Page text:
‘Journalism is not terrorism’
Glenn Greenwald, the man at the center of a global storm about the detention of his partner.
THE DETENTION by UK authorities of Glenn Greenwald’s partner David Miranda continues to reverberate around the globe.
As details emerge, it is becoming apparent senior officials in both the American and British governments were aware of plans ahead of time to detain Miranda, who has been collaborating with Greenwald in exposing the secrets leaked by Edward Snowden.
It is becoming increasingly clear this is an attempt to intimidate not only the two men, but journalists everywhere.
This is unconscionable.
Rachel Maddow said it best: “Journalism is not terrorism.”
It is a public service and journalists should not be subjected to such arbitrary, threatening and demeaning treatment.
WATCH A VIDEO BELOW THE FOLD.
IN IT’S SECOND-DAY STORY, The New York Times today focuses on the British angle in Britons Question Whether Detention of Reporter’s Partner was Terror-Related.
“Demands grew on Monday for the British government to explain why it had used antiterrorism powers to detain the partner of a journalist who has written about surveillance programs based on leaks by the former National Security Agency contractor Edward J. Snowden,” writes Steven Erlanger from London.
The Guardian newspaper web site is dominated this morning by its coverage of the Greenwald affair. Click image to enlarge.
Erlanger quoted from an interview with the man at the center of the storm, David Miranda, reported in The Guardian, the newspaper that has played a leading role in the Edward Snowden spying drama.
“They were threatening me all the time and saying I would be put in jail if I didn’t cooperate,” Mr. Miranda said Tuesday in an interview with The Guardian newspaper, where Mr. Greenwald is a columnist. “They treated me like I was a criminal or someone about to attack the U.K.”
Across the pond, the issue has caused a furor, especially at The Guardian. After all, it has been centrally involved in the Snowden leak of secret U.S. information about spying: it has been publishing Greenwald’s exposes, much to the ire of U.S. authorities who are stymied in their attempts to extradite Snowden from Russia.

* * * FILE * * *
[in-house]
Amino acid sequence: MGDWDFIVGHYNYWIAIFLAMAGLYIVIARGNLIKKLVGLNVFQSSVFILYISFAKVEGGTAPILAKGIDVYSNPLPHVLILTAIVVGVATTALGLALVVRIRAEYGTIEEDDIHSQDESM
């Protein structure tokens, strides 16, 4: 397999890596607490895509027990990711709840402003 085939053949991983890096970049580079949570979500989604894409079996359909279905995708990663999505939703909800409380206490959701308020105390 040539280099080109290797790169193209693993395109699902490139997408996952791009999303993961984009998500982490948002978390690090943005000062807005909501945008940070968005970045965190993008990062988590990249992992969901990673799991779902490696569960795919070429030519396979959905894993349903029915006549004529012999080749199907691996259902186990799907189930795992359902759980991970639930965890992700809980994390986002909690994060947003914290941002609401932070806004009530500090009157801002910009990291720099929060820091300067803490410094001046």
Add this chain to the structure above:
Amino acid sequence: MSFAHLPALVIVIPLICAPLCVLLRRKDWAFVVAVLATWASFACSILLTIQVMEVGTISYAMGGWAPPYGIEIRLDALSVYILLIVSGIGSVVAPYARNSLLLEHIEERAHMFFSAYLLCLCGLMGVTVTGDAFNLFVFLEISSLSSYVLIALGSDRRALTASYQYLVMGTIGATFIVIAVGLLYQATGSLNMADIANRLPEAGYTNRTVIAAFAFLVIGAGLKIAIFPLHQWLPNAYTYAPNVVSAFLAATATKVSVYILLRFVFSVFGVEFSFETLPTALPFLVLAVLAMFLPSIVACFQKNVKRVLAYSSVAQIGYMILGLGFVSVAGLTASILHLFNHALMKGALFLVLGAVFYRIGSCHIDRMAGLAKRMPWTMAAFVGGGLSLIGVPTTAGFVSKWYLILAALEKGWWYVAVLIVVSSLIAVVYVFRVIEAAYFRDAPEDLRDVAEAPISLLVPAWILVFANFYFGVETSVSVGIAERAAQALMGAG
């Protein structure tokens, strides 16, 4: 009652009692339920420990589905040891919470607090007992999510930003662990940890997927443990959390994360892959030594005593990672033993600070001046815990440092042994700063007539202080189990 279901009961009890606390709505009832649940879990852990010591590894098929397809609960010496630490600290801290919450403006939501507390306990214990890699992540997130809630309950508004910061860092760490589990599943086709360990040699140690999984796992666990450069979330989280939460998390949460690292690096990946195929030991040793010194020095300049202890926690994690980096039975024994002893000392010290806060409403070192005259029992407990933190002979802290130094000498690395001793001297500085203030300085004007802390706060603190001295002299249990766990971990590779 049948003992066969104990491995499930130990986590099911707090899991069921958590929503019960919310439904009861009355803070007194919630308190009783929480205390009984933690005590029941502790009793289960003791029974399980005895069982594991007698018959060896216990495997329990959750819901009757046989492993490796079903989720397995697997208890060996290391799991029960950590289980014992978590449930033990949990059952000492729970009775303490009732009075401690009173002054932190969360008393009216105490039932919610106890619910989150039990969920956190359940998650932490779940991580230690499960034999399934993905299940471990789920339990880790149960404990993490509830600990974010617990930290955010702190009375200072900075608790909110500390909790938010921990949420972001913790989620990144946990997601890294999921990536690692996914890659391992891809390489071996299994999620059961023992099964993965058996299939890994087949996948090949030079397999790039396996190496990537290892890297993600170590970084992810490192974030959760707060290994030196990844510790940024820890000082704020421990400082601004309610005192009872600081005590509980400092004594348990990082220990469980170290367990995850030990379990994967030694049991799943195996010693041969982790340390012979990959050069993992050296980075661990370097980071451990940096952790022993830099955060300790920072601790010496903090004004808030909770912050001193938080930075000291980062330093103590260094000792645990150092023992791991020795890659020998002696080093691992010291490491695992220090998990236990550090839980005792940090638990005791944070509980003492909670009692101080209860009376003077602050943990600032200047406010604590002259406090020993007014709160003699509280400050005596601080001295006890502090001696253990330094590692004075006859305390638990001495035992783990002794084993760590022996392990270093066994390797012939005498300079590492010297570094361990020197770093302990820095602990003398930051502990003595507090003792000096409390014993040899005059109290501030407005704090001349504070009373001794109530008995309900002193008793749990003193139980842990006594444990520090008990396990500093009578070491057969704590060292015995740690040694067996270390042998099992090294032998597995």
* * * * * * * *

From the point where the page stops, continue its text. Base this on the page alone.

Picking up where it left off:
The Guardian’s top story this morning was David Miranda’s lawyers threaten legal action over ‘unlawful’ detention
“Lawyers for the partner of the Guardian journalist who exposed mass email surveillance have written to home secretary Theresa May and the head of the Metropolitan police warning them that they are set to take legal action over what they say amounted to his “unlawful” detention at Heathrow airport under anti-terror laws,” writes Lisa O’Carroll.
“In their letter to May and Sir Bernard Hogan-Howe they warn they are seeking immediate undertakings for the return David Mirand’s laptop and all other electronic equipment within seven days.”
The Independent of London, a major competitor to The Guardian, also devoted major resources on covering the Greenwald story. Click image to enlarge.
THE STORY DOMINATED the Guardian’s chief competitor, The Independent, also based in London.
Its big headline David Miranda will take legal action over his detention at Heathrow Airport appears above a photograph of Greenwald and Miranda at an airport.
“David Miranda will prepare a legal challenge over his detention at Heathrow Airport under terror legislation, the Guardian editor Alan Rusbridger has said,” wrote Heather Saul.
“Mr. Miranda, 28, was detained at Heathrow Airport for nine hours under Schedule 7 of the Terrorism Act 2000 as he changed planes on a journey from Berlin to his home in Rio de Janeiro.
“Mr Miranda, the partner of the Guardian journalist Glenn Greenwald, claimed he was detained by agents who questioned him about his “entire life” and took his “computer, video game, mobile phone, my memory card – everything.”
From Washington, Politco was much more direct: In Guardian editor: Government tried intimidation the lead comes right to the point:
“The British government intimidated The Guardian newspaper and destroyed material Edward Snowden provided on surveillance programs, editor Alan Rusbridger said Monday,” it said in a non-bylined story.
“Writing in a column on The Guardian’s website, Rusbridger said that in June he was contacted by “a very senior” U.K. government official demanding the return or destruction of the material from Snowden. A month ago the tone toughened, Rusbridger wrote, when a government official told Rusbridger “You’ve had your fun. Now we want the stuff back.”
As so often happens with breaking news stories of this type, each publication adds more detail not available elsewhere.
Journalists consult different sources – ironically, in this case, the sources are mainly other journalists – and add to the total picture with new details.
Perhaps the best – if most polemical – discussion came on The Rachel Maddow Show on Monday evening.
Leading her one-hour prime time slot on MSNBC with the story, Ms. Maddow repeatedly said: “Journalism is not terrorism,” almost as if she was a professor trying to get the main point of the lesson across to a bunch of half-asleep students.
She is absolutely correct.
Attempts to intimidate journalists – especially one as blatant as this – are unconscionable.
The treatment of David Miranda and Glenn Greenwald is a blot on the U.K. government of David Cameron, and the complicity of the White House is nothing short of disgraceful.
Watch a CNN interview of Glenn Greenwald by Piers Morgan below.
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